COVID-19 has disrupted business in a way that we have never seen or expected. I wrote a related blog in April 2020 amid fear, lockdowns, and a surging pandemic. I am updating this as the world we live in has changed forever and I know there are many still frozen by the trauma. I am again asking – What can you do as a small business owner or manager to get through this difficult time? We’ll try to help answer these questions in this blog post.
Work With A Strong Financial Advisor
Your CPA or tax advisor may be the best source to help you through this difficult planning stage. While it may cost you some money to buy some time, it may be the best thing you can do. I have talked to various clients who did not know that they may qualify for emergency loans or grants. They just assumed that they did not. They also did not think of trying to work with vendors and the landlord to try and save money. A CPA or tax advisor usually has the training and stay up on the latest laws coming out. During the pandemic, I took many courses to try to learn how to get my clients the most money to survive. Most CPA’s take their education seriously so they can help their clients when their clients need advice. Going line by line over your budget and actuals and discussing each line with your CPA is a good use of time and money to give you ideas to save money.
Develop a CASH Forecast
Remember – Cash is king! During the pandemic, we developed “Dynamic Accounting” that forecasts our clients cashflow one year in advance through Artificial Intelligence and information we receive from the client on a monthly basis. This has been helpful for clients so they can look forward instead of using past results that have them looking backward. They have been able to work through “What if” situations to determine the best course of action. They have been able to ask questions like “What does my cash flow look like if I add or cut an employee?” “What if I add a new line of business.” Helping businesses see the effect on their cash flow is helpful before a decision is implemented. See our white paper by clicking here.
One of the best things that a CPA can do is get you set up on a cash forecasting tool that will continually tell you how much cash you will have in the next few months. This can be done in Excel or another application so you can continually manage this information and have an idea of how your cost-cutting ideas are working in real-time. This allows you to see a cash shortage and react long before it becomes a problem. Without this tool, you are really flying blind and it can cost you your business. A cash forecast is not a budget as it does not consider non-cash expenses. The cash forecast gives you a gauge as to how much you need to cut to survive.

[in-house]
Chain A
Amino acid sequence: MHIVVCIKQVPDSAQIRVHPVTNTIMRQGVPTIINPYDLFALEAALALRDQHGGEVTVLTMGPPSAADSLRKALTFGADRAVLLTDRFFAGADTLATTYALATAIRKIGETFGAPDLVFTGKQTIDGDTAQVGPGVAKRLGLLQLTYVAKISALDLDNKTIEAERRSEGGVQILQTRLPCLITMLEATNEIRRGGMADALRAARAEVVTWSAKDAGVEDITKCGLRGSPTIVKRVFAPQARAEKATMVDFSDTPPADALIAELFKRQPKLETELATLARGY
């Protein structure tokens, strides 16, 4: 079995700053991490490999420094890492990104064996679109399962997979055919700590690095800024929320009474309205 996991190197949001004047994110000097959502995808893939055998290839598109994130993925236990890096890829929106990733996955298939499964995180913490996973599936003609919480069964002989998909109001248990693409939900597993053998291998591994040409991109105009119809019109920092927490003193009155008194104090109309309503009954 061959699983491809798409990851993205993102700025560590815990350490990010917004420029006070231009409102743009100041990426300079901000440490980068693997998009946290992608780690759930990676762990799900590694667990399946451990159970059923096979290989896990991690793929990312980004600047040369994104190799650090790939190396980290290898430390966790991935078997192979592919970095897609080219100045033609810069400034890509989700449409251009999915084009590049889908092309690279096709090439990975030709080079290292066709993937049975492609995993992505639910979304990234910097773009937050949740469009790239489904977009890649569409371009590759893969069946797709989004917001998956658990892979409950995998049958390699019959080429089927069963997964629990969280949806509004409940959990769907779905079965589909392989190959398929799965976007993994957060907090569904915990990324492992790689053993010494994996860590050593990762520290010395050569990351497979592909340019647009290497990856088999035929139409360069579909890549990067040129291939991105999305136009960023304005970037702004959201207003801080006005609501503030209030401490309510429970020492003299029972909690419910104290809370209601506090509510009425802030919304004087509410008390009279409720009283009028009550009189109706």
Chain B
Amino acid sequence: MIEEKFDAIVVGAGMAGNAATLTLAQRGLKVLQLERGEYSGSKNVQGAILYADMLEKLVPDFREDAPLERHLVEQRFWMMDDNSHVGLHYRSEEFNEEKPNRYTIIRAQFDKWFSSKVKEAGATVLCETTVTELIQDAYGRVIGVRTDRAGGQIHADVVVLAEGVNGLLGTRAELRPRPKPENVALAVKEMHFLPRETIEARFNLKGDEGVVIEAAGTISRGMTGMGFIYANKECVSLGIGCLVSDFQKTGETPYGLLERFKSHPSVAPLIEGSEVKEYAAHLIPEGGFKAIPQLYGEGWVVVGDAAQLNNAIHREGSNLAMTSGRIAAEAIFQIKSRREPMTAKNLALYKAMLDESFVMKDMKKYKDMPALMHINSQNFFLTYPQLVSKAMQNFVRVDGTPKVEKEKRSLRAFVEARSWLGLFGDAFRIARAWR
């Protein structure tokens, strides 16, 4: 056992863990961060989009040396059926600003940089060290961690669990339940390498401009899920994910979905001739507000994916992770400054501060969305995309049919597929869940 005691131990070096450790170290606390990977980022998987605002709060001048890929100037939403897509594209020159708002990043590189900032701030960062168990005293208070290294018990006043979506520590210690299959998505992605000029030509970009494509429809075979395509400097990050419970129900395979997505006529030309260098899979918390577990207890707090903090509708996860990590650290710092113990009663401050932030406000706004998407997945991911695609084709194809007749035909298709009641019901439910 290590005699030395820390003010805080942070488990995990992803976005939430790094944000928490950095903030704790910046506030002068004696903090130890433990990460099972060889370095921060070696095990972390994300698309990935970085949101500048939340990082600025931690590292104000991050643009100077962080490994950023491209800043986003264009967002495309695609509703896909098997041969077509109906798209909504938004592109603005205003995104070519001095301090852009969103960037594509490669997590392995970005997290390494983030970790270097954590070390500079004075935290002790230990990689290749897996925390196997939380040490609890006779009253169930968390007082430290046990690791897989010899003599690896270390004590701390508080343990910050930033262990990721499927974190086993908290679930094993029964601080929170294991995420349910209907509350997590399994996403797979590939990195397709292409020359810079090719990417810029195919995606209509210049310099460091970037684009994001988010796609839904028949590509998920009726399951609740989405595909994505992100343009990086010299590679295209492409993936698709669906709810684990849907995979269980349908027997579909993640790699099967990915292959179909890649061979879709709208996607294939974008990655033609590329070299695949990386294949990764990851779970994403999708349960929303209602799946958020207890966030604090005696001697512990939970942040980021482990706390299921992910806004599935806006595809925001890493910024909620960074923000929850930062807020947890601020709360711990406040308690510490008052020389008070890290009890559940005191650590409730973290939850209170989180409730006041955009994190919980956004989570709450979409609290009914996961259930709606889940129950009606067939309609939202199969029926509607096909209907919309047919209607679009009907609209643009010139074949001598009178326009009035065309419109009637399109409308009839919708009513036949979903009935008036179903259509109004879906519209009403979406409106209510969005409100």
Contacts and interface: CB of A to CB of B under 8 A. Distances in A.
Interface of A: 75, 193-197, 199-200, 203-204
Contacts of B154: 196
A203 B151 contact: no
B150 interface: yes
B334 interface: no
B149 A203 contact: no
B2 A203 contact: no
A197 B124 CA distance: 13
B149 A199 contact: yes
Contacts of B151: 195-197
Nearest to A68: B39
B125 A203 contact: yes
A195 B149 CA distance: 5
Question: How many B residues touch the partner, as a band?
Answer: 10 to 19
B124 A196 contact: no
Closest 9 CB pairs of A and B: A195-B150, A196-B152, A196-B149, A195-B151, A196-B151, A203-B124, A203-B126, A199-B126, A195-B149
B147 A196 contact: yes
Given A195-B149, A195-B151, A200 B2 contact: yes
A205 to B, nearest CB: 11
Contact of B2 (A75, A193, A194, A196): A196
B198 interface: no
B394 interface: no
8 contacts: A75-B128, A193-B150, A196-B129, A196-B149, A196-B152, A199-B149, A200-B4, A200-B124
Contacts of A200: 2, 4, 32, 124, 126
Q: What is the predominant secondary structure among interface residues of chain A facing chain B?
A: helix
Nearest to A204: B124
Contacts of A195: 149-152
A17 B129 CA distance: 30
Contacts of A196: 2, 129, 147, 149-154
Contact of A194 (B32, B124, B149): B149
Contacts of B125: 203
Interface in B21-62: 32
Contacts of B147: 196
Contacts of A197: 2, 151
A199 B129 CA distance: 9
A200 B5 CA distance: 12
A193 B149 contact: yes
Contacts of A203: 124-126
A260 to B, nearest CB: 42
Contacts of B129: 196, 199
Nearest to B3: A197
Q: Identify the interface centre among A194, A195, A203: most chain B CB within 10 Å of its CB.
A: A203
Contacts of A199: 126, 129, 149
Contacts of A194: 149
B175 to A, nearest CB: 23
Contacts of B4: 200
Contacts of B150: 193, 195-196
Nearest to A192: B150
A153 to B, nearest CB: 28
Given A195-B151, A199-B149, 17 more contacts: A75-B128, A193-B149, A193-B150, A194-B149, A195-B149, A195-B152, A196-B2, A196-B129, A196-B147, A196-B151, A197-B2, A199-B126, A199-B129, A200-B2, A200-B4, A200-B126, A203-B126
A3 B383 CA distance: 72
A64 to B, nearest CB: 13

Implement a Reasonable Plan/Budget To Fit Your Circumstances
Again, cash is king here. No one knows how long this pandemic will play out. You must be nimble and keep your burn rate low. Based on your work with a financial advisor as discussed above, you should find ways to cut non-essential expenses and keep them from trending higher.
You should then check on your vendors. For instance, shop your insurance policies with a broker that can shop multiple markets. Many times, if you have stayed with the same insurance broker for years, they have just increased the policy year-to-year. Outsourced payroll is another area that you can look at. Look at a service like Gusto that charges less than certain other payroll companies. You should look at every vendor you use in the same manner. Get quotes from at least 2 other competitors and be transparent with them about your goals (for instance, how much would you like to reduce the cost and what do you need from them during this downturn).
Look at what you can outsource. For instance, if you have an accounting staff, can you outsource that and improve your business finance with more modern technology and get a better return on your investment.
You can look at what functions you can move to independent contractors. One word of caution: California has new rules about independent contractors. While outsourcing your accounting staff to an accounting/bookkeeping firm is perfectly fine and within the rules, outsourcing to contractors of key business functions could run afoul of the new AB5 law. Please check with an attorney before pulling the trigger on any of these areas.
If you do marketing, get quotes on how to more efficiently market. It may be time to try inbound marketing. Maybe you run commercials or have website banners. You could consider changing your marketing mix to include blogging and customer engagement on social media. Get a social media person that is familiar with your industry. Ask your trade association if they have any recommendations. This may save you money and increase your website traffic.